This report is relevant to those working on climate change adaptation, national planning and international development.


Climate change, Migration and Displacement: the need for a risk-informed and coherent approach

This paper by ODI and UNDP provides an overview of the evidence base for complex relationships between climate change and human mobility. It “aims to support the development of an informed global discourse across the humanitarian, peace and sustainable development agendas and as a counter to some of the sensationalist claims often propagated by the media”. It explores the challenges of linking human mobility to climate change, the challenges and opportunities of human migration (including migration as adaptation), and how this issue can be addressed at the global level.

This paper is relevant to those working in climate change adaptation, international development and national planning.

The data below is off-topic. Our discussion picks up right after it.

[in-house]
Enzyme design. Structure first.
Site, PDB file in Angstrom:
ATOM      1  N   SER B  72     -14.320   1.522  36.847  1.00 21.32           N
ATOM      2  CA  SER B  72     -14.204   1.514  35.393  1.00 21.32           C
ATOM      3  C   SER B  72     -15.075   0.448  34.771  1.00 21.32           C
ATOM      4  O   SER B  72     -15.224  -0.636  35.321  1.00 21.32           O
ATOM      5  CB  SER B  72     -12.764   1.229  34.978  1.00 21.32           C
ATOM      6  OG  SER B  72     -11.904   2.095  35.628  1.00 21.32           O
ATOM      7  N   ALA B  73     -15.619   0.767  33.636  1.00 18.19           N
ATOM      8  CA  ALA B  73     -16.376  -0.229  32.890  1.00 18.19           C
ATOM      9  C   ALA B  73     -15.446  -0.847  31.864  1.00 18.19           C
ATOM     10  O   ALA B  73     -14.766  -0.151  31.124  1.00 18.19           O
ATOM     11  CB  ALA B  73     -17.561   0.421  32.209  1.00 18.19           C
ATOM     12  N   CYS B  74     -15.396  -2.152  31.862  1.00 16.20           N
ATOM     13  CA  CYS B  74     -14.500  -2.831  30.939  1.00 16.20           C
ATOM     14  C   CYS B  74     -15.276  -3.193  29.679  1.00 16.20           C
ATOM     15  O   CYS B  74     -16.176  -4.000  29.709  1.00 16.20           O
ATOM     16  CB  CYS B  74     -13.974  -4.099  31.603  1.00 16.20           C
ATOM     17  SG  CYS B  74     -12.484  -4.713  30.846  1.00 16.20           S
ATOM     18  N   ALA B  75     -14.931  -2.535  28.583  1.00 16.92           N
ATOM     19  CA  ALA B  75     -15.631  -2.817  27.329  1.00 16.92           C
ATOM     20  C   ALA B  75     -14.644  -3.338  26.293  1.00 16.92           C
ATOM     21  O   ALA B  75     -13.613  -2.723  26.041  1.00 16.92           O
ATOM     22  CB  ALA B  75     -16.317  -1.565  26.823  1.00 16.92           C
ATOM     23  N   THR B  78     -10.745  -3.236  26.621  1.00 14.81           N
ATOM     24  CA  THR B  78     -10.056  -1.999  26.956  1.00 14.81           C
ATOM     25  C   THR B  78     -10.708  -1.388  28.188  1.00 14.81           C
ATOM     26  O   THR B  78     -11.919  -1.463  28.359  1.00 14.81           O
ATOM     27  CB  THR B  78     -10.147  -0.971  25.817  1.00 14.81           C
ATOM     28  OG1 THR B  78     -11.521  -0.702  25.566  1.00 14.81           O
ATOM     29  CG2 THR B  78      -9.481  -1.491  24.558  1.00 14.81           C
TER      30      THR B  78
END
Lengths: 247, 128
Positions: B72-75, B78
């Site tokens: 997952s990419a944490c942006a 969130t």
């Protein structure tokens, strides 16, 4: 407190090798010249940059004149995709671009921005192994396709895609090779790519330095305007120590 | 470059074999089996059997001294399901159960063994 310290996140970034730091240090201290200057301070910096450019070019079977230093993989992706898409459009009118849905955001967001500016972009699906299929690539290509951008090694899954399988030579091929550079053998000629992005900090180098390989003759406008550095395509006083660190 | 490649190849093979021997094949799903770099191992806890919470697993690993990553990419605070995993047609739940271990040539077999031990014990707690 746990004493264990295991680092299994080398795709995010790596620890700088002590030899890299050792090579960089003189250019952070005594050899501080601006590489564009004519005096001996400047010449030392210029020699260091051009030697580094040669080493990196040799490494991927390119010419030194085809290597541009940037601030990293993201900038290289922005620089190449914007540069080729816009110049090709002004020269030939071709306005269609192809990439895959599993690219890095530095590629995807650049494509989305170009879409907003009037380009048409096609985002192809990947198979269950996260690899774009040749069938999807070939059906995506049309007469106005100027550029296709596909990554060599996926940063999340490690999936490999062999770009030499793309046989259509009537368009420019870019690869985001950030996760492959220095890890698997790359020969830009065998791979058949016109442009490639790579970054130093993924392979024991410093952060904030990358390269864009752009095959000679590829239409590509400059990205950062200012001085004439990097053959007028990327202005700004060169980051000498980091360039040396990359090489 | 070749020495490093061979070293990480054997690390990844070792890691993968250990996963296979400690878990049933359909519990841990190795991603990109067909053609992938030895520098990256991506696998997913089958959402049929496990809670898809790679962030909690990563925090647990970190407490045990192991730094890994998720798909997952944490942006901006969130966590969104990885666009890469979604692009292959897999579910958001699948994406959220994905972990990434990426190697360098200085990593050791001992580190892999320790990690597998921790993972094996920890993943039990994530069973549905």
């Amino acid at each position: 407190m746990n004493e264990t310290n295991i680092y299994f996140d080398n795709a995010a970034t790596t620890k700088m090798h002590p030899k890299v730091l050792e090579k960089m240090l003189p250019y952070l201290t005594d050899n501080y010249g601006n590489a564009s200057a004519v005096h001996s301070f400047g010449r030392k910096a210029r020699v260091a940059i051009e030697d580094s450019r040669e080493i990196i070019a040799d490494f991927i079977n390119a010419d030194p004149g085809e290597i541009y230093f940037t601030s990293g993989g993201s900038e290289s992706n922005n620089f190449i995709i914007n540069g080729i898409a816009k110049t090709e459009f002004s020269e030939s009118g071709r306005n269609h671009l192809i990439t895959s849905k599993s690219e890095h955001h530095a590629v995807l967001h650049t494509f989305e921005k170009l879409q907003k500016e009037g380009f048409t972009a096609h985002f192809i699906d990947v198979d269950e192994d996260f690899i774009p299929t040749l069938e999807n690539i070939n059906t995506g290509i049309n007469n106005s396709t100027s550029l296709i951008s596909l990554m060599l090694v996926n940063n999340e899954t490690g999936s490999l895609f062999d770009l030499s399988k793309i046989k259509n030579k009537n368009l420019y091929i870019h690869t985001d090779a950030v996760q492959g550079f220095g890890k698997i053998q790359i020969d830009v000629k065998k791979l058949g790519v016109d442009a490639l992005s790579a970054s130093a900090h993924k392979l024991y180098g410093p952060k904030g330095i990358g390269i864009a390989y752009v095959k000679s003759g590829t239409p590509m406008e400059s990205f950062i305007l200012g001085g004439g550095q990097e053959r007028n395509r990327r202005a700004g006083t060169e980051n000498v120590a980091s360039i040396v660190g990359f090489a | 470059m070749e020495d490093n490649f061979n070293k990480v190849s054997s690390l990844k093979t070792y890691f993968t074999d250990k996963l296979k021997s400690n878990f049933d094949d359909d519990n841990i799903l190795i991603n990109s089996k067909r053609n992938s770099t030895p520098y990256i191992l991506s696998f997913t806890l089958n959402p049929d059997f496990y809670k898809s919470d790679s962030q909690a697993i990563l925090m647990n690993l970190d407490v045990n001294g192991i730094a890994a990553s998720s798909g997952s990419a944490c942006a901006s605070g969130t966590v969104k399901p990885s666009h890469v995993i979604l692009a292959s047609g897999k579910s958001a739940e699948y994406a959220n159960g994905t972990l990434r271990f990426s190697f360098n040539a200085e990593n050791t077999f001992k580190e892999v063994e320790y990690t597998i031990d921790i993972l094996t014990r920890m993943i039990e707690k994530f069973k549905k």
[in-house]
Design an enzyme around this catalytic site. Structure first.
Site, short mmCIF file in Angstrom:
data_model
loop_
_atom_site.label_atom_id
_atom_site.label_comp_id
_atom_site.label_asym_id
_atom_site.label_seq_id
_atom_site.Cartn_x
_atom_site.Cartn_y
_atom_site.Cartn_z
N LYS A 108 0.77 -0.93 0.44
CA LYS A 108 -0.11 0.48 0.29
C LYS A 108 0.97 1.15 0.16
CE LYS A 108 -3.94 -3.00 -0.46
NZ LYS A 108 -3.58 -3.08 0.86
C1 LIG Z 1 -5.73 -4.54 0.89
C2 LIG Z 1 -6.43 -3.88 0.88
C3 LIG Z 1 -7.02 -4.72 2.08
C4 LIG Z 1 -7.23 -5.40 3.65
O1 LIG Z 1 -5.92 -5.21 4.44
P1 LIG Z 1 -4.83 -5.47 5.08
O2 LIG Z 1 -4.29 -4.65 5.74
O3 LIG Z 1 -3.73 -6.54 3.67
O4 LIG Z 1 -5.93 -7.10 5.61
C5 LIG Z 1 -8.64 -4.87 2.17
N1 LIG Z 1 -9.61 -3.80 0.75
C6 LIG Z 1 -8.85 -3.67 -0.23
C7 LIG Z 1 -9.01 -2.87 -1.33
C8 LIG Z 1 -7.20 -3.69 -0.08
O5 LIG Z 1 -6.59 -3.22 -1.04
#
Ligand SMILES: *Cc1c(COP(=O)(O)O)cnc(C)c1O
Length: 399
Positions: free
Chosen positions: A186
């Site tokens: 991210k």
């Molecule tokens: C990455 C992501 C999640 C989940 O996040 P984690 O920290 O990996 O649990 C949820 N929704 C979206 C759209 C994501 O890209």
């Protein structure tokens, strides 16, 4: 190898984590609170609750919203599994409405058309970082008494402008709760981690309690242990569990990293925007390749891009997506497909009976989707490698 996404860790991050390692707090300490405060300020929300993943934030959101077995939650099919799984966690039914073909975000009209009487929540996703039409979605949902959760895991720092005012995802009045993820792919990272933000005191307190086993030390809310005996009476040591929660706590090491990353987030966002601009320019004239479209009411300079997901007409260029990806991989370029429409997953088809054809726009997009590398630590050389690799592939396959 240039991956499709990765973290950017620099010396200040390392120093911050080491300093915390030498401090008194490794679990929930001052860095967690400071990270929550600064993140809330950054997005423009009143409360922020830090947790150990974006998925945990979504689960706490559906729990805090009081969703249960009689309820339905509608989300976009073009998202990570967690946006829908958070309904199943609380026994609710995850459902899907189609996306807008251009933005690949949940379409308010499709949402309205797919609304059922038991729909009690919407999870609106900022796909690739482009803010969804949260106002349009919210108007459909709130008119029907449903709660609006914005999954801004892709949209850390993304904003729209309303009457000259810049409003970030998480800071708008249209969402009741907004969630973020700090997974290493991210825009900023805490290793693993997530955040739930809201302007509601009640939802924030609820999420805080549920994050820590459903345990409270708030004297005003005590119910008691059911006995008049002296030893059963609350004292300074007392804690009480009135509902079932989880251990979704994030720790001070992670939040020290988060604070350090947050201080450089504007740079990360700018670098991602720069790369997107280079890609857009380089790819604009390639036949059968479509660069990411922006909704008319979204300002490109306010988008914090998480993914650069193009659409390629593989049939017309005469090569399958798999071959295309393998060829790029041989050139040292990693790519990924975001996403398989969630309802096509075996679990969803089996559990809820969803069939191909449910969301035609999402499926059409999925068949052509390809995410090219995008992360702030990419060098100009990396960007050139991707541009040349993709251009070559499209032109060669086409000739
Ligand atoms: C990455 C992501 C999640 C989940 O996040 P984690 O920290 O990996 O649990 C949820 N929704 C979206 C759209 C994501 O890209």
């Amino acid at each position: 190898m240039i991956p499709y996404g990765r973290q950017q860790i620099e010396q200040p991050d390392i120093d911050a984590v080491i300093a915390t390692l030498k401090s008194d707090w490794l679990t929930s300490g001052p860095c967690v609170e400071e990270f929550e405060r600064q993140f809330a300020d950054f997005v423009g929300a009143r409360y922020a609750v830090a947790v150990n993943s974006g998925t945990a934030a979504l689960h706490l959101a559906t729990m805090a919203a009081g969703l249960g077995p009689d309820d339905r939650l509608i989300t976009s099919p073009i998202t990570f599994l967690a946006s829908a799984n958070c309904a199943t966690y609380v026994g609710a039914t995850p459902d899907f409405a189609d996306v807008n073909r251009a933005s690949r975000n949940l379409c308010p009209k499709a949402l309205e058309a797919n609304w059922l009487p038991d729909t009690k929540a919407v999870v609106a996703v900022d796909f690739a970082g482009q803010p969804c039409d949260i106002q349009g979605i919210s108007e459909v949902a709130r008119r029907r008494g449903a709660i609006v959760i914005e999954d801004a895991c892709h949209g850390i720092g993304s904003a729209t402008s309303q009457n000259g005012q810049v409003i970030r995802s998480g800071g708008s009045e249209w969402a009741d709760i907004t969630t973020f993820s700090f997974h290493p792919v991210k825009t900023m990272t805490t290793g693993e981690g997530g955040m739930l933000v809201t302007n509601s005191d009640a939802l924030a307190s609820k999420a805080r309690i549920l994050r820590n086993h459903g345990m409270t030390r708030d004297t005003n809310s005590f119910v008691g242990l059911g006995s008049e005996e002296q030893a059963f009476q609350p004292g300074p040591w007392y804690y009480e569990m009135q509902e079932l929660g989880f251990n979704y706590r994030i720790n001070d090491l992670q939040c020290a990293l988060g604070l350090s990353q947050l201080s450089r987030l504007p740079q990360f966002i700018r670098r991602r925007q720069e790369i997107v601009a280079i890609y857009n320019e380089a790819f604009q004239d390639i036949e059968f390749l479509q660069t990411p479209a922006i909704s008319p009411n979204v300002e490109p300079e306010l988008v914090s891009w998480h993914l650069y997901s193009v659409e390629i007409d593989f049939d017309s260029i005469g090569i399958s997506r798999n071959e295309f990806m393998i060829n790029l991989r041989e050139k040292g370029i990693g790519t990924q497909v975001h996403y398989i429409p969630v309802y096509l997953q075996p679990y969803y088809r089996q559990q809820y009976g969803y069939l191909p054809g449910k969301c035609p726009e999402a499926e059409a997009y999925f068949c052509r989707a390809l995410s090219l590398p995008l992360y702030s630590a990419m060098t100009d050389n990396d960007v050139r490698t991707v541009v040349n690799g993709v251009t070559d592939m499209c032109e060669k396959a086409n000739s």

Future of the Funds: Exploring the Architecture of Multilateral Climate Finance

This report by the World Resources Institute looks at how seven key multilateral climate funds operate, and how they could be improved to better deliver low-emissions and climate-resilient development. The funds analysed include the Green Climate Fund, the Global Environment Facility, the Least Developed Countries Fund, the Special Climate Change Fund, and the Adaptation Fund, plus two Climate Investment Funds — the Clean Technology Fund and the Strategic Climate Fund (which encompasses the Pilot Program for Climate Resilience, the Forest Investment Program and the Scaling-Up Renewable Energy in Low Income Countries Program). The report recommends operational and architectural reforms to improve the ability of these funds to: achieve impact at scale; promote country ownership; improve efficiency; support equitable allocation; and increase accountability.